Why we use Backbone.js

VI Company
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At VI Company almost all of our projects use Backbone.js and while we regularly take a look at other, more popular frameworks, like AngularJS and React, Backbone.js is still our go to library. In this article I will explain why.

Not a framework

It’s a library, not a framework. This means it’s small, relatively easy to learn and doesn’t restrict or force you in a certain way of working. Just read the Getting Started about the underlying philosophy:

In an ecosystem where overarching, decides-everything-for-you frameworks are commonplace, and many libraries require your site to be reorganized to suit their look, feel, and default behavior — Backbone should continue to be a tool that gives you the freedom to design the full experience of your web application.

This also means there's “more than one way to do it” when working with Backbone.js. This can be a bit daunting for beginners, but for the more seasoned developers there isn’t much magic involved by using Backbone.js.


Less is more especially when you are talking about page weight and developing “Mobile first”. Backbone weighs a mere 7.3kb when minified and gzipped. It used to have a hard dependency on jQuery, but since version 1.2.0 it’s quite easy to get rid of that. The other dependency is Underscore.js (5.7kb, Minified and Gzipped), but we use that most of the time for it’s templating functionality and it also brings a lot other useful utilities.


Backbone.js has been created with extensibility in mind. Therefore a lot of small libraries are available that fulfill a certain need. Need more control over view rendering? Use LayoutManager. Need better Model-View binding, use Backbone.Stickit or Epoxy.js. Do you need more structure and some magic for your Single Page App? Use Marionette. And when you fancy some Virtual DOM, you could also use React as your view engine. Or you could just write your own base View/Model/Collection if you want to.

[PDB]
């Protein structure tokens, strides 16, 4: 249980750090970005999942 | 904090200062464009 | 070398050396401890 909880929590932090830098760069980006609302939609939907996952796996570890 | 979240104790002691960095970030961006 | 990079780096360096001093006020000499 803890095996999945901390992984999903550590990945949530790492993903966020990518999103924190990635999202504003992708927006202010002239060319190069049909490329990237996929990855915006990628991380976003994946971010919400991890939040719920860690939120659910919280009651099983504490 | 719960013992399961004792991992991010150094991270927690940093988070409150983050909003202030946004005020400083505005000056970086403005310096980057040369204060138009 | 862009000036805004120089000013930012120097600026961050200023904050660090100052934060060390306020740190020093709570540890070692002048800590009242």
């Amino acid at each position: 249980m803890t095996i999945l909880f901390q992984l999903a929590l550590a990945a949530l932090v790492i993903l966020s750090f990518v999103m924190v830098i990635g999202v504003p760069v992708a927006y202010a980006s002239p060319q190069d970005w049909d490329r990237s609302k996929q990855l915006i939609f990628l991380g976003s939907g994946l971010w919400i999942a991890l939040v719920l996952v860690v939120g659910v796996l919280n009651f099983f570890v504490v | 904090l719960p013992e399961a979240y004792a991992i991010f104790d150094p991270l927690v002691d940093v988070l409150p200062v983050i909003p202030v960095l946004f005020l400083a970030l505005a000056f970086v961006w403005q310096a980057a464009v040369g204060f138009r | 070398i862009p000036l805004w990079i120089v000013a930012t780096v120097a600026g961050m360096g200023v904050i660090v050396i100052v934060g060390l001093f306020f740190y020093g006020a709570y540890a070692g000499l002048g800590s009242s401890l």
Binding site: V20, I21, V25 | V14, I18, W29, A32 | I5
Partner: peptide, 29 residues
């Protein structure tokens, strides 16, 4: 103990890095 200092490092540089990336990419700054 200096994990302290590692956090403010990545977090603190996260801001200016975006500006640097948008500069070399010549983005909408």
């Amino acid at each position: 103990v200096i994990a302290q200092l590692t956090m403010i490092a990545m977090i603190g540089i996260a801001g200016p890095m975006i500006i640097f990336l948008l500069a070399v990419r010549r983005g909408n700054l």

Documentation and API

The first 0.1.0 version was released almost 5 years ago and the development has been going strong ever since. The API hasn’t changed much since then and it can be learnt in a day. It’s well documented, including the annotated source, which is a great resource for learning JavaScript. It’s heavily tested and off course you can try the obligatory TodoMVC example. There’s also a list of tutorials available and its creator, Jeremy Ashkenas, also gave us Underscore.js and CoffeeScript; two highly regarded JavaScript projects.

MV* Structure

Backbone gives structure to JavaScript projects and incorporates the basics of Object Oriented Programming. A skill that is still missing with a lot of JavaScript developers today (and no, knowing jQuery doesn’t make you a JavaScript developer).
One of the first things Backbone teaches you is to move away from the DOM and use a RESTful API to retrieve JSON and store that data in your Models. Connect your Views to those models and let them respond to changes in the associated model to render new HTML and update specific parts on the page.
Addy Osmani has written a comprehensive article on MV* for JavaScript and Backbone.js developers.

Progressive enhancement

We build a lot of public websites which need to be SEO friendly and accessible to users with older browsers. We use the Progressive enhancement principle when creating websites and Backbone.js nicely plays along in enhancing the page. And when using a template engine like Mustache or Handlebars, we can even share the templates between the Front- and Back-end, so we only have to write that code once.

Isomorphic JavaScript

While React is mostly seen as the framework for Isomorphic JavaScript apps, there are also a few frameworks like Rendr from Airbnb or LazoJS from Walmart, that use Backbone.js as their basis. So when you already have some Backbone knowledge, you can pretty easily make the transition to writing server-side JavaScript without the need for learning a new “magic do-it-all” isomorphic framework.


I don’t like to reinvent the wheel and I dislike the magic, steep learning curve and the vendor lock-in that larger frameworks tend to bring to the table. And surely, when creating a private Single Page App we will reconsider Angular, React or something else, but when it involves a public and informational website, we will likely use Backbone.js again.

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